Reviews: 1982, Jay Rock, Kid Daytona

1982 (Statik Selektah and Termanology): FreEPRating: 7.5 / 10

After originally only being available after proof of purchase, Statik Selektah and Termanology have decided to let loose the 1982 Free EP for Hip-Hop fans to enjoy. Featuring nine original tracks, this additional project feels just as strong as the original 1982 album, with strong verses from Termanology and high-quality features from Mac Miller, Reks, Chace Infinite, and more. Combined together with solid production from Statik Selektah and original concepts for most of the tracks, there’s nothing negative to say about this offering to the fans, and inversely it should garner even more interest for their underrated collaboration that’s out now.

Jay Rock: Black FridayRating: 7/10

Jay Rock released his newest offering, Black Friday, on its corresponding date after Thanksgiving. Excluding the semi-original title, the mixtape redeems itself as Jay Rock handles each track relatively well lyrically, regardless of whether or not his content is original. The production matches his aggressive flow throughout the project, and the features from Kendrick Lamar, Trae Tha Truth, and Ab-Soul (among others) all help to round out Black Friday. Even though towards the middle of the tape the content begins to thin, Jay Rock redeems himself towards the close of the project, most notably on the “Kush” freestyle that’s thrown on at the end as a bonus.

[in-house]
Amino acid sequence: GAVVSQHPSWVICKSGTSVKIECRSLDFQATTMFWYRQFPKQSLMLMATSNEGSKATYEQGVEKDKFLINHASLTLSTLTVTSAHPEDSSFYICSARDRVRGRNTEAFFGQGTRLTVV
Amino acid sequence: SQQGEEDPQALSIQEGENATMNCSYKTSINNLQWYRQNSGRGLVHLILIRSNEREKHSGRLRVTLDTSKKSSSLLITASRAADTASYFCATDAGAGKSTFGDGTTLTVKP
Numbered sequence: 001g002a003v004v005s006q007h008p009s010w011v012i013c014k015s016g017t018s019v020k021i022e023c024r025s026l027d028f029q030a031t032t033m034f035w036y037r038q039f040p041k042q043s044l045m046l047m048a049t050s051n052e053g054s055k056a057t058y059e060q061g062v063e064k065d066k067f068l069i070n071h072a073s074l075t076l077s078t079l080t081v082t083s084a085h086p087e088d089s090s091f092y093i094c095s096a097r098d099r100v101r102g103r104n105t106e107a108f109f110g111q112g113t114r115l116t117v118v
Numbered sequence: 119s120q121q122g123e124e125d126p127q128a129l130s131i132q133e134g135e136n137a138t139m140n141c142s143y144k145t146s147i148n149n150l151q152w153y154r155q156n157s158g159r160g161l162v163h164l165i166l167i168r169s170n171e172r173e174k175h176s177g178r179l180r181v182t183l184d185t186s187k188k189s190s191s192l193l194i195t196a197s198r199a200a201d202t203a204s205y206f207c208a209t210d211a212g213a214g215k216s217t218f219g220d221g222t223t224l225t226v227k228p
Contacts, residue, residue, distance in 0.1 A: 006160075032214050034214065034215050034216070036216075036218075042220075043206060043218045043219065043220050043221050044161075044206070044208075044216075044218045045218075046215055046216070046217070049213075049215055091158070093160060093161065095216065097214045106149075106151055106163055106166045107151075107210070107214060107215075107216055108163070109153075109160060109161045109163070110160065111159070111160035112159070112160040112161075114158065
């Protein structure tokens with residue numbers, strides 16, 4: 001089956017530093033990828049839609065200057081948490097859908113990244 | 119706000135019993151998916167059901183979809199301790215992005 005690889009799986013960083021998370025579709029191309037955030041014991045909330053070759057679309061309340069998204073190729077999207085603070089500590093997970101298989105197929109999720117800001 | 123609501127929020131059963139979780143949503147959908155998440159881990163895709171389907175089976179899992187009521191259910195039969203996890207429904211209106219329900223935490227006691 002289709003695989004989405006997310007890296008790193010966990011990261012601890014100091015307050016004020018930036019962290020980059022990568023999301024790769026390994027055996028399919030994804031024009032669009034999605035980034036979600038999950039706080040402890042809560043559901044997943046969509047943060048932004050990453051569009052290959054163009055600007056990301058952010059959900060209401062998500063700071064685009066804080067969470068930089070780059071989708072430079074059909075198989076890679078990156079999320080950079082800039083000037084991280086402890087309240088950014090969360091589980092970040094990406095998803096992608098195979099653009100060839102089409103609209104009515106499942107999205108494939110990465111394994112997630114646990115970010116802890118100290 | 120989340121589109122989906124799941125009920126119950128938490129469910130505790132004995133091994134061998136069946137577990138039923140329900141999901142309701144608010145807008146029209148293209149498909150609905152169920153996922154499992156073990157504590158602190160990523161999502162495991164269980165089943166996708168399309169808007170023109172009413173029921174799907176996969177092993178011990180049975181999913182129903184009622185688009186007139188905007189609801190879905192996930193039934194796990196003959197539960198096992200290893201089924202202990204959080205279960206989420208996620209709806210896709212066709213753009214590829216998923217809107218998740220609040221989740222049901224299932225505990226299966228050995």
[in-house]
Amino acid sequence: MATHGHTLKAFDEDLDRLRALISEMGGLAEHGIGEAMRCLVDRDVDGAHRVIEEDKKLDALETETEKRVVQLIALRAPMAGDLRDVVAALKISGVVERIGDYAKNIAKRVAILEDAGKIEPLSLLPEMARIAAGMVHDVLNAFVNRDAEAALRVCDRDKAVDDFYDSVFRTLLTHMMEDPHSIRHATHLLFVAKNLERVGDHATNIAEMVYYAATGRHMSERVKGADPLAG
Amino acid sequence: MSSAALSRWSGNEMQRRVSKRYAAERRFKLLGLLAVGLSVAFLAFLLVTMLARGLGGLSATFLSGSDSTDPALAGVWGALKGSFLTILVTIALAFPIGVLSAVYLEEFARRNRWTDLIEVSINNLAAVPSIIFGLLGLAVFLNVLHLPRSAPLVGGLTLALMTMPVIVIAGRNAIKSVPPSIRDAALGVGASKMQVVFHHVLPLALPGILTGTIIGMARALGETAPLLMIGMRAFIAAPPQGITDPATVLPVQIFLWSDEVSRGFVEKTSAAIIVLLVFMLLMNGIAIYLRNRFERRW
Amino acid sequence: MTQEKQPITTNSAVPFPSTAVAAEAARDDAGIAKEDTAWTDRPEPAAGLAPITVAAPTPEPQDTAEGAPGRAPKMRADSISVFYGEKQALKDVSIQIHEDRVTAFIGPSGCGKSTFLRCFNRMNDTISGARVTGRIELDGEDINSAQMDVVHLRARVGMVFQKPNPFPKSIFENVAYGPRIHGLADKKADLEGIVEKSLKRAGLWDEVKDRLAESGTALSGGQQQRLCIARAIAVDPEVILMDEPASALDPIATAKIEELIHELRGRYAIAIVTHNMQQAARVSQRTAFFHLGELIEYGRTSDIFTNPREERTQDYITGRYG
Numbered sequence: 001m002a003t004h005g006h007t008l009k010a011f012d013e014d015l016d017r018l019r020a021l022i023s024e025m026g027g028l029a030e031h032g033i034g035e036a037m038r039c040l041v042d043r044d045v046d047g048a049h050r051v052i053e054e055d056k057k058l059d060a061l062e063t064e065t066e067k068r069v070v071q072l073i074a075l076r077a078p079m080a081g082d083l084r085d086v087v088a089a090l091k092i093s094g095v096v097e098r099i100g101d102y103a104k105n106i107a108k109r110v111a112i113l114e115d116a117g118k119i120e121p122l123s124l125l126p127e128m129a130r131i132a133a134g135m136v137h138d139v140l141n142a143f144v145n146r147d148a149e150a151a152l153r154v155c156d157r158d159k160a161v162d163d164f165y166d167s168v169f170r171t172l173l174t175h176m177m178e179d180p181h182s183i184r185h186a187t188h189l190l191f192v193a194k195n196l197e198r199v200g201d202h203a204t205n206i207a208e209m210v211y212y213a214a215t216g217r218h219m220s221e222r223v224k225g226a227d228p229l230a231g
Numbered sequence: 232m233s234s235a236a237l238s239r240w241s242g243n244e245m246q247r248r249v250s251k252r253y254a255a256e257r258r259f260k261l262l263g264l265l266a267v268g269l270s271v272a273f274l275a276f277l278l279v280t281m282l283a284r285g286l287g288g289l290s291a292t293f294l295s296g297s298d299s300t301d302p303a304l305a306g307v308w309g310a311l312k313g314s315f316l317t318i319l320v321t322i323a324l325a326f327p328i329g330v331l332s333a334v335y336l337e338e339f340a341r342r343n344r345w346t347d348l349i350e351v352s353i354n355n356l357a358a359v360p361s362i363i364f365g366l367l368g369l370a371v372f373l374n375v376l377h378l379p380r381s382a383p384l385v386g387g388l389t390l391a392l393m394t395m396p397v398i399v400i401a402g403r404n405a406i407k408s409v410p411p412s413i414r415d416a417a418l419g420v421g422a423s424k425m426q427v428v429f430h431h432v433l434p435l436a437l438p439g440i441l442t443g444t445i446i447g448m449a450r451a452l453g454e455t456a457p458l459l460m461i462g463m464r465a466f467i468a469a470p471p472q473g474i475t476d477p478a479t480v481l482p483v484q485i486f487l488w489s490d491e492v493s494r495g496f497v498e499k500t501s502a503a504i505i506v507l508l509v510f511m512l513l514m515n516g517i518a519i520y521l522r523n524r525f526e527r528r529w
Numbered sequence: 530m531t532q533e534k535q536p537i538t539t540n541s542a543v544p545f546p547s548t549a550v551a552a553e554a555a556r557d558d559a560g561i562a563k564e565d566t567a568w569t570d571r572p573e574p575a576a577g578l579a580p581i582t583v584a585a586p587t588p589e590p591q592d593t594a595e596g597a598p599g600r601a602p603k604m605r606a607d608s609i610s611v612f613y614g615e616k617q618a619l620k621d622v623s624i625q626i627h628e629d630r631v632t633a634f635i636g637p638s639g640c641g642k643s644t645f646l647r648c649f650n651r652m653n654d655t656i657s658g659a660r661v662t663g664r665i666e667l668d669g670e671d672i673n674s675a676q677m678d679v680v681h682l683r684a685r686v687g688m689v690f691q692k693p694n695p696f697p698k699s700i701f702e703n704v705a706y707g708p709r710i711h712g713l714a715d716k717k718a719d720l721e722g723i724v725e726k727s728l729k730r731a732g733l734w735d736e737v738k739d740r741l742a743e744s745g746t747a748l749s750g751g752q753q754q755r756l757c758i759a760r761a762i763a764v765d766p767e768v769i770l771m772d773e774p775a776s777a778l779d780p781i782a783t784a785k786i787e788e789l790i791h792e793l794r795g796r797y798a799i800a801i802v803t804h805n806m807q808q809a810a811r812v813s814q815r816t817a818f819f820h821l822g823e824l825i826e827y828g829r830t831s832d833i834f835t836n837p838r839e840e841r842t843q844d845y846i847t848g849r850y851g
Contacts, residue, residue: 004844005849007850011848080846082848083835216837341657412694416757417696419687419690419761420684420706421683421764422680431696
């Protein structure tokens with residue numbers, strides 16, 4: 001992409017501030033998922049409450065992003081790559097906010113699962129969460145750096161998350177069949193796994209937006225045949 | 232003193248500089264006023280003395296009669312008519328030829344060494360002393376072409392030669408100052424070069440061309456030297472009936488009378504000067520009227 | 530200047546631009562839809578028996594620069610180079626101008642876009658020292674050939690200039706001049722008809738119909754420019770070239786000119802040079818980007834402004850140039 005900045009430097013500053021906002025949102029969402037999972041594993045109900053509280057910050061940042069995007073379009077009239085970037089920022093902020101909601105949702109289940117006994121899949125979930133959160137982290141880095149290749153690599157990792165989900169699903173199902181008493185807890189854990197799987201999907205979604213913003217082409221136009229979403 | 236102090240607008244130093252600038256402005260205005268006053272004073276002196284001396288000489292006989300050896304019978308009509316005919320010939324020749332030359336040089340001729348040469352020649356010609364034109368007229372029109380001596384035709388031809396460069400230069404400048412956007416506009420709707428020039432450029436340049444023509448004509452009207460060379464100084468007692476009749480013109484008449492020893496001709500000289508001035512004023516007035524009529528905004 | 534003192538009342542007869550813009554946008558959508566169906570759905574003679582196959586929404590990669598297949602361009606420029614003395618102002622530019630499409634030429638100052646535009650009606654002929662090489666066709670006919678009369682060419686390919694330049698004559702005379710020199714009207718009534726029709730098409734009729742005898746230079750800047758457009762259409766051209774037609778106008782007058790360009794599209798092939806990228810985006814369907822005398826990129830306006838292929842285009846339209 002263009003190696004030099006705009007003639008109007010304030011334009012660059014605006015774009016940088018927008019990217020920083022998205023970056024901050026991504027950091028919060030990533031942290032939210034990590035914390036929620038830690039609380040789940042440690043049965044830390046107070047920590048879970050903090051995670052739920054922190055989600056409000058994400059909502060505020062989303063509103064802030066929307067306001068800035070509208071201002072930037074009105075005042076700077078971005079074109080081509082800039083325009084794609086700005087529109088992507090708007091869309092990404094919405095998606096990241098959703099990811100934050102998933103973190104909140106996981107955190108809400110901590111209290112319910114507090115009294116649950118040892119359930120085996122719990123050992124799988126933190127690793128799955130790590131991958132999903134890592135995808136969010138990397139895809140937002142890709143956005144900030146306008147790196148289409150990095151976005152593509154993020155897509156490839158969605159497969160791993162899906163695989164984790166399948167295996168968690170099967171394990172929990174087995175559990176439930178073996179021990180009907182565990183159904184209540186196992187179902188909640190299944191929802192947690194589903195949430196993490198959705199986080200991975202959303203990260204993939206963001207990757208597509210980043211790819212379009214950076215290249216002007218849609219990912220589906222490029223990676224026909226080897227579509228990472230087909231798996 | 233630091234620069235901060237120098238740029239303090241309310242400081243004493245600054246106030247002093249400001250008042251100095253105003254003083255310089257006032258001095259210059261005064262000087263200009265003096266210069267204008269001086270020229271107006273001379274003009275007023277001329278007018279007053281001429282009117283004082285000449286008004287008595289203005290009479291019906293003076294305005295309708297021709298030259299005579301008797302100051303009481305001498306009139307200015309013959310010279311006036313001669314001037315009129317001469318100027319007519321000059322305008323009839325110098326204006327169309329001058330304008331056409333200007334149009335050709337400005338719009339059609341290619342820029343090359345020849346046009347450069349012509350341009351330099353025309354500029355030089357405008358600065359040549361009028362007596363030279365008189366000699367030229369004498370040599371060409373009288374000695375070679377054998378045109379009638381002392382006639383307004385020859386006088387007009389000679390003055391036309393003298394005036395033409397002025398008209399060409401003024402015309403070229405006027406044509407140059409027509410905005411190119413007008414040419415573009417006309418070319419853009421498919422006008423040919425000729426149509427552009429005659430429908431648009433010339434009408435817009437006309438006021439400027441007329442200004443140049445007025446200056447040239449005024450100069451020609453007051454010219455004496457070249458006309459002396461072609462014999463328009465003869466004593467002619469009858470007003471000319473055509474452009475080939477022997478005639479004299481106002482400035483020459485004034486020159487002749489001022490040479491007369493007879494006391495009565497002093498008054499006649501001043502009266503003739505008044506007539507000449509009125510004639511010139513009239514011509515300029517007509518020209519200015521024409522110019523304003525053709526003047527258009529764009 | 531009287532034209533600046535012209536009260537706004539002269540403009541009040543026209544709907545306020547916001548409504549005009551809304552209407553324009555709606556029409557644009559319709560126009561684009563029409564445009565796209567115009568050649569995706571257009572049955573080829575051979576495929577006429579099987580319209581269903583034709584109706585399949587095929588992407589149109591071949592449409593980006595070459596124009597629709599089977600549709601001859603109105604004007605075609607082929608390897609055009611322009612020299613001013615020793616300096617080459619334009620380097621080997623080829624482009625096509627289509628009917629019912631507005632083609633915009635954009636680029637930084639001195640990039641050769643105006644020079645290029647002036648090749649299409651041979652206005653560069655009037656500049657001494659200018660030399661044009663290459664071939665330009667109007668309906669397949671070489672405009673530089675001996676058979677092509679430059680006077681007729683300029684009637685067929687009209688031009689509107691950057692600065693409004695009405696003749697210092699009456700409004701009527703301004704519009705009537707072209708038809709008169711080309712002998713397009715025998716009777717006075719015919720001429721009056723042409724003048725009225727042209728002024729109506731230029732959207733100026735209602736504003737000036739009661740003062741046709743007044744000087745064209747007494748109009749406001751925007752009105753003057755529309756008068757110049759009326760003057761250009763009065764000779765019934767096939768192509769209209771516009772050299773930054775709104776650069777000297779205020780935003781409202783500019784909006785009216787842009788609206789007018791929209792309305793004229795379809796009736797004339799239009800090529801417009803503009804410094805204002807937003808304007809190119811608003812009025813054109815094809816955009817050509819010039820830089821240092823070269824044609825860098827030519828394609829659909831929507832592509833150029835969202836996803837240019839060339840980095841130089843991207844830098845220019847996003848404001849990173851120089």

The Interlude LP - Rating: 8/10

Lastly, but definitely not the least, the Kid Daytona has released his LRG-sponsored project, The Interlude LP, which is inspired by several intros and interludes from various artists like Kanye West, Nas, Dr. Dre, and Pete Rock & CL Smooth. Kid Daytona’s pieced together a project that flows shockingly well, especially considering the original premise of taking from several other projects to make one. The concept is extremely original, and the content within it makes it all fit together with high efficiency. Daytona’s lyrics are potent throughout, but shine brightest on mid-tempo to slow-tempo songs such as “On The Hill” and “On My Way Home” due to his delivery. Powered by production from 9th Wonder, 6th Sense, and Bink, The Interlude LP is a well-done project that stands out lyrically and deserves more attention than it’s getting right now.